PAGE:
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FBI launches cyberattack reporting portal for industry

Jul. 30, 2013 - 06:00AM   |  
By NICOLE BLAKE JOHNSON   |   Comments
Global Intelligence Forum USA
Rick McFeely, executive director of the FBI's Criminal, Cyber, Response and Services Branch, speaks July 30 at the Global Intelligence Forum USA in Washington, D.C. (Colin Kelly/Staff)

An FBI program launched this week will provide companies a secure and standard way to report cybersecurity attacks in real time, an agency official said Tuesday.

“We did not have a structured way that we were collecting the information from companies that had been hacked,” said Richard McFeely, executive assistant director for the FBI’s Criminal, Cyber, Response and Services Branch. “We did not have, really, a form that we could share with companies to make sure we were getting all the information that we needed.”

Speaking at the AFCEA Global Intelligence Forum in Washington, McFeely said companies will use a standard form to report cyber incidents via an Internet portal. The system, known as iGuardian, is based on one state and local police had used to report counterterrorism threats to the FBI. McFeely said it was a logical leap to expand such a system to receive cybersecurity reports from the private sector.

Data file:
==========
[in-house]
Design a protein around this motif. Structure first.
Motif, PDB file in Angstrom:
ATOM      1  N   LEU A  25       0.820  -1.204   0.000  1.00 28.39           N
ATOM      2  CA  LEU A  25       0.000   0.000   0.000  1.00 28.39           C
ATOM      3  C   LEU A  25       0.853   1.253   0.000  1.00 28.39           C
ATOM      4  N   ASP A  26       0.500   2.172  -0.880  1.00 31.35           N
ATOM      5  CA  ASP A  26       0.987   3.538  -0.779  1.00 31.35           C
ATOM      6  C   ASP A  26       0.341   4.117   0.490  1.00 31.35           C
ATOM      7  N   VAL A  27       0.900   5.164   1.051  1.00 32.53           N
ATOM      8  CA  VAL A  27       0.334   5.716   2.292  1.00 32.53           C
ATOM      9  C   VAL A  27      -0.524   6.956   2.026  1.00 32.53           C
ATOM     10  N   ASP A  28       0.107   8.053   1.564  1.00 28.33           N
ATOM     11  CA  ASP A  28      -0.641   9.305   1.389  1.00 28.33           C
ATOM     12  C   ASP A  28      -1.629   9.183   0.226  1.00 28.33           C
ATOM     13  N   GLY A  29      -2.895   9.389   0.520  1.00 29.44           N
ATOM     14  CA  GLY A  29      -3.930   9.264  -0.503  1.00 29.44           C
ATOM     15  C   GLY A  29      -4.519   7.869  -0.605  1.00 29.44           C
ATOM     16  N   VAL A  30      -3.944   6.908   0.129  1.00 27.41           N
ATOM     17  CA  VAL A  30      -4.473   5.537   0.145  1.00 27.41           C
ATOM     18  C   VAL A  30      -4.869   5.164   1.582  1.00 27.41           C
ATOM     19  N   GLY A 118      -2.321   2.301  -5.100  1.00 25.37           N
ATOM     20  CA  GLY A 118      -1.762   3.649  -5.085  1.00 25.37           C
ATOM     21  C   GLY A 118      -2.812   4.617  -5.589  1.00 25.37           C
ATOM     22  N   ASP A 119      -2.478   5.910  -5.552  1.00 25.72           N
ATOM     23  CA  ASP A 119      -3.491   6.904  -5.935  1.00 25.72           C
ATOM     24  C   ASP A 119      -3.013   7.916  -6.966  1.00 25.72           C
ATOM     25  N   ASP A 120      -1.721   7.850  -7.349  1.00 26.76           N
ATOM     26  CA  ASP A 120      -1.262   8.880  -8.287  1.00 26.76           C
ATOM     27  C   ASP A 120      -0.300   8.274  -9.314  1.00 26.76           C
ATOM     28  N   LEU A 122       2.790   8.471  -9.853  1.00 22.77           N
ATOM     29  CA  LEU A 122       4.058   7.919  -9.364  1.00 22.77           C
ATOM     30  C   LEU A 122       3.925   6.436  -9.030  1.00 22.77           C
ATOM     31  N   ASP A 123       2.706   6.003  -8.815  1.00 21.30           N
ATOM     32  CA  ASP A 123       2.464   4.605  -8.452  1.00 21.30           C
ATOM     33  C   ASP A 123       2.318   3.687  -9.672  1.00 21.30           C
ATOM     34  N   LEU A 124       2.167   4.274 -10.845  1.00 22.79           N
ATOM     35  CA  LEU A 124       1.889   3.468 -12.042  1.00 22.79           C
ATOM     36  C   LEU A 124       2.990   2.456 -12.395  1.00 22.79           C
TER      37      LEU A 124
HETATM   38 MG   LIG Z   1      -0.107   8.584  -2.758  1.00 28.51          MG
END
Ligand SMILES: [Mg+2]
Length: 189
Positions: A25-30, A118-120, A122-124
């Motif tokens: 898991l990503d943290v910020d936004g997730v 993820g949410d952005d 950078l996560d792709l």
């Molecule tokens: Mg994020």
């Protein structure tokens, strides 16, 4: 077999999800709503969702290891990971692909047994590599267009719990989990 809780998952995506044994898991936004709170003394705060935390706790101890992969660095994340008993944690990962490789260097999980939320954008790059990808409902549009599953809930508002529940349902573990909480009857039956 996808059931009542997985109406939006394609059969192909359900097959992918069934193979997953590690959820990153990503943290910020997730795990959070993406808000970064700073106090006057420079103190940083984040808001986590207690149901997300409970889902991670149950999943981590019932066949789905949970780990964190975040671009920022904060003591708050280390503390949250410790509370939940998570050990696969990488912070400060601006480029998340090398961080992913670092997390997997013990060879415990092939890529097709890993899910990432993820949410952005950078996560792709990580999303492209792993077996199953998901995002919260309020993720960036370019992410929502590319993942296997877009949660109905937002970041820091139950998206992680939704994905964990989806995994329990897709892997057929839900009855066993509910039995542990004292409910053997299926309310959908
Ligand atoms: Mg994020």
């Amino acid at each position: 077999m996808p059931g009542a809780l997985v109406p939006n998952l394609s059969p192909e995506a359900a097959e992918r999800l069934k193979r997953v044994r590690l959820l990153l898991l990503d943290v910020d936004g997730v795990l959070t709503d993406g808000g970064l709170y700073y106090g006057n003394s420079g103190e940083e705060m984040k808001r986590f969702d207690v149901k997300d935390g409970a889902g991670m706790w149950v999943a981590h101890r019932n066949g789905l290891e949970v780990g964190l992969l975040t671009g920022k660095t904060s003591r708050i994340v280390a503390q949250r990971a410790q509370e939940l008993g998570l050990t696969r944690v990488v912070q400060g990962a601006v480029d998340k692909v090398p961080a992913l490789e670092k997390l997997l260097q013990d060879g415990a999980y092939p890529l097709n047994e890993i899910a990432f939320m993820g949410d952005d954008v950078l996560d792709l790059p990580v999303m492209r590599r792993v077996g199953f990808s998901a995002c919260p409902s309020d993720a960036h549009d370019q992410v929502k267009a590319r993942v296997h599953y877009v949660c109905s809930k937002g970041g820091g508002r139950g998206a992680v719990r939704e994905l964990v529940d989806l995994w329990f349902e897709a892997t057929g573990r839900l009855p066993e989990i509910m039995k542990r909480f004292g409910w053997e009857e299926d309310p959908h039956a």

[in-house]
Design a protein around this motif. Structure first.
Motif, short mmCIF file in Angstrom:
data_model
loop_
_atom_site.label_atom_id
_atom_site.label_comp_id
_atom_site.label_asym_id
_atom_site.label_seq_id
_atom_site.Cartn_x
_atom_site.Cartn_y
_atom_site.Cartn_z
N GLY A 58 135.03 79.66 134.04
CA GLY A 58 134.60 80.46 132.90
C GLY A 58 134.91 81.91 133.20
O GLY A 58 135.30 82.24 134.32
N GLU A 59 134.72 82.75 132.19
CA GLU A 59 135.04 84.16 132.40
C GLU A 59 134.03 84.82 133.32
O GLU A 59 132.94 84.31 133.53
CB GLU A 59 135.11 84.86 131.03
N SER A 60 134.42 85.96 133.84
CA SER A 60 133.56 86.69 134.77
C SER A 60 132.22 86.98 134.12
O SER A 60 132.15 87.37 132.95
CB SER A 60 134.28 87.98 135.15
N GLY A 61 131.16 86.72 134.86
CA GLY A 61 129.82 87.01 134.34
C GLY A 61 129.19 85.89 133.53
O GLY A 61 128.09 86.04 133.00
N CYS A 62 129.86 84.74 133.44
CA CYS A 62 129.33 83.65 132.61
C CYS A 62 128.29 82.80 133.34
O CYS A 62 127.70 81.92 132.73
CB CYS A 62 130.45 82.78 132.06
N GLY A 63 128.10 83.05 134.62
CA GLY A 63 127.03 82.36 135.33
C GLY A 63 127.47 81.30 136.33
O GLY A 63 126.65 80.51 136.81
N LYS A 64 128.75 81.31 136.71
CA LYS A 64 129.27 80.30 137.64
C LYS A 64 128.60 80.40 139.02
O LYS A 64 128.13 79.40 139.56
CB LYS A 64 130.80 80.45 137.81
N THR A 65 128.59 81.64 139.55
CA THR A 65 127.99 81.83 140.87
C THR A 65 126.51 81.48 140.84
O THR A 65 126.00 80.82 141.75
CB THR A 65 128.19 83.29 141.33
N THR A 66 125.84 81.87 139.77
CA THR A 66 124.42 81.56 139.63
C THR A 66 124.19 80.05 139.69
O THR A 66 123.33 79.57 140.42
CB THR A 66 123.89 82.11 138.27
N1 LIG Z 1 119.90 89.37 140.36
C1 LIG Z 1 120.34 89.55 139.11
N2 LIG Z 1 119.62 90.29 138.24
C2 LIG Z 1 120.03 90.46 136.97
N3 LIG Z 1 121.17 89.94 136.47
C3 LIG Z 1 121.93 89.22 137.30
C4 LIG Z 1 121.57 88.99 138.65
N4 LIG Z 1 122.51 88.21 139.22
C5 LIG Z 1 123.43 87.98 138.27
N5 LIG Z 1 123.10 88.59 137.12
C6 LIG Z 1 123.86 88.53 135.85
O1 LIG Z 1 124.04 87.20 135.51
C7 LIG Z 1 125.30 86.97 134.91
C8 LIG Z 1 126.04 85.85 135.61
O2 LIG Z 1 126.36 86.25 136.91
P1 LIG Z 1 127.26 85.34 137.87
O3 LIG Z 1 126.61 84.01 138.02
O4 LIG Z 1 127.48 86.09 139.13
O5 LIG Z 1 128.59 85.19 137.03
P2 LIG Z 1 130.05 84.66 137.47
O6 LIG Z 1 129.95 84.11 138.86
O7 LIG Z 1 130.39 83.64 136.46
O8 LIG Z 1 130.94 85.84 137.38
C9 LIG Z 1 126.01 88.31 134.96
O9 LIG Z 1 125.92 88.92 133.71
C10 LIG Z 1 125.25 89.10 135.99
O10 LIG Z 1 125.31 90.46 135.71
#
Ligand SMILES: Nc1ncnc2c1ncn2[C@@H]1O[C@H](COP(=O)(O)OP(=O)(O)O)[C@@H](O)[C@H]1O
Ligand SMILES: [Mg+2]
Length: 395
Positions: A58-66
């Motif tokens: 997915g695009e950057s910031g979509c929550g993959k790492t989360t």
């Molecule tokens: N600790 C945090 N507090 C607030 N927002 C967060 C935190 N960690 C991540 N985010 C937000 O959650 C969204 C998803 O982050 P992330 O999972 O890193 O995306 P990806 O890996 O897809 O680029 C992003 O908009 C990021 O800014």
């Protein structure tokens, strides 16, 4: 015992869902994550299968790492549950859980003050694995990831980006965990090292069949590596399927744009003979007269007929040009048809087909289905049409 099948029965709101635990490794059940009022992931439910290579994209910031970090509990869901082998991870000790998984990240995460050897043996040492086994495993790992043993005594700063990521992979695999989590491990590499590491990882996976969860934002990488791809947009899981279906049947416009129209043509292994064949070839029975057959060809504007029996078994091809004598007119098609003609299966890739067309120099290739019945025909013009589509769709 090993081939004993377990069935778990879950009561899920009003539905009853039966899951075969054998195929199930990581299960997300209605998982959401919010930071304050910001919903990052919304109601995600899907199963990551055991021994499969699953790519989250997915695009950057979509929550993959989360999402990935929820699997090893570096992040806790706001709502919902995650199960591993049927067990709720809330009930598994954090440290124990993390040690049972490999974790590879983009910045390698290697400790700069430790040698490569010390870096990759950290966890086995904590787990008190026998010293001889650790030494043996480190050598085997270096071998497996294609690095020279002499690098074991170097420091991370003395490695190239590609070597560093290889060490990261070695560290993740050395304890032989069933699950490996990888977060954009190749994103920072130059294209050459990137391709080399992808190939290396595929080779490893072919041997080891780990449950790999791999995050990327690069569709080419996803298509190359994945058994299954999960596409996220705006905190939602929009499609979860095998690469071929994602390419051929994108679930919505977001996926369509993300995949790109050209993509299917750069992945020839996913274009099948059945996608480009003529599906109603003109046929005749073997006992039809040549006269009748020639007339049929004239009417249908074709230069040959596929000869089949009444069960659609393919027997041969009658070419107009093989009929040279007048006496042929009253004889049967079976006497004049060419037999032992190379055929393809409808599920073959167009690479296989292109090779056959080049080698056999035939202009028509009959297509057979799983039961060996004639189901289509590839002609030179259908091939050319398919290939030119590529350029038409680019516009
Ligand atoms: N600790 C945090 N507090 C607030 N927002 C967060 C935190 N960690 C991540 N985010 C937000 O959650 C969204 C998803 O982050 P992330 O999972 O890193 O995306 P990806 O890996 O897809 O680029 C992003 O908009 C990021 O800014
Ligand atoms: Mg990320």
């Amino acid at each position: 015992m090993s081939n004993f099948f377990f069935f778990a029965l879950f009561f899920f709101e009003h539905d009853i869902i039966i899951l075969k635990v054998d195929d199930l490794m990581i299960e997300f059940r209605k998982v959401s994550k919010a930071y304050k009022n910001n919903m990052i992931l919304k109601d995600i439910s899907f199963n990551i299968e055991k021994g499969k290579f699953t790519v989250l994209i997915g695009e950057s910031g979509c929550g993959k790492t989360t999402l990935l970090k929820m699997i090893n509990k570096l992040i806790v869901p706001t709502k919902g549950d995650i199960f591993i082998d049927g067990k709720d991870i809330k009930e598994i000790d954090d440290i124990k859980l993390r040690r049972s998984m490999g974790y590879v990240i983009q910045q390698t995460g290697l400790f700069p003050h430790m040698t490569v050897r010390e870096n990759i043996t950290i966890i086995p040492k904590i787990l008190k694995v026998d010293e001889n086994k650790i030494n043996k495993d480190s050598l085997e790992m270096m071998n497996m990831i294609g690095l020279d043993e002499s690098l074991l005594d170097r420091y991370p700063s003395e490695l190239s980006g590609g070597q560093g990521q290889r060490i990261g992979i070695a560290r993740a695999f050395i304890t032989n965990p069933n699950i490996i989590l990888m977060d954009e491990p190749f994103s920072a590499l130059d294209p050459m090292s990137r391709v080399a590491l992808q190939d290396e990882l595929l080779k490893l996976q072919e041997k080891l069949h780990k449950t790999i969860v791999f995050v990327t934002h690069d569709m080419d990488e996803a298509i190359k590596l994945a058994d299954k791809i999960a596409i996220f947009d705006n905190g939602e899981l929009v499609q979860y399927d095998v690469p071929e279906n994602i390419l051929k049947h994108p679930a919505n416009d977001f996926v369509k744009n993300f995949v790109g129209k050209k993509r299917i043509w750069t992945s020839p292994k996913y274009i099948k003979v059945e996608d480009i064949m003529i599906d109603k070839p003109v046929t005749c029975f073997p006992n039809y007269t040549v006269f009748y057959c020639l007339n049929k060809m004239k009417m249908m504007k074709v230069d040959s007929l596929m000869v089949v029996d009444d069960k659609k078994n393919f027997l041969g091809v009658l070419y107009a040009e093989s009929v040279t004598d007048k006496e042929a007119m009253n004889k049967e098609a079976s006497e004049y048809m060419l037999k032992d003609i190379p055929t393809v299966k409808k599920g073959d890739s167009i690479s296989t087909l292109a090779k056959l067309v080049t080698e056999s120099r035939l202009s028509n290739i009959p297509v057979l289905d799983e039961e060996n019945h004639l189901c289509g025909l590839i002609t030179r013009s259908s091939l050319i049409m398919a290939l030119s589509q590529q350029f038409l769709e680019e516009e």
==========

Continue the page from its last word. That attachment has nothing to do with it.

The program rolled out Monday to 58,000 companies that comprise the FBI’s InfraGard network, an association of government and industry that shares expertise to protect and defend critical infrastructure. McFeely said the success of the rollout will determine how the FBI proceeds in making the system available to other companies.

Similar to incident reports used by law enforcement, the cyber incident reports will help the the FBI respond to cyberattacks on industry.

The information sharing won’t stop with industry’s reports on cyberattacks.

Over the past two months, the FBI has provided CEOs of more than 60 companies — mainly banking, gas and oil companies — with full briefings on data from Cyber Command, the National Security Agency and the FBI showing who is attacking their networks.

“We view our job as basically providing you intelligence, not so you can help us to identify who is doing it, but so you can defend your own networks,” he told conference attendees.

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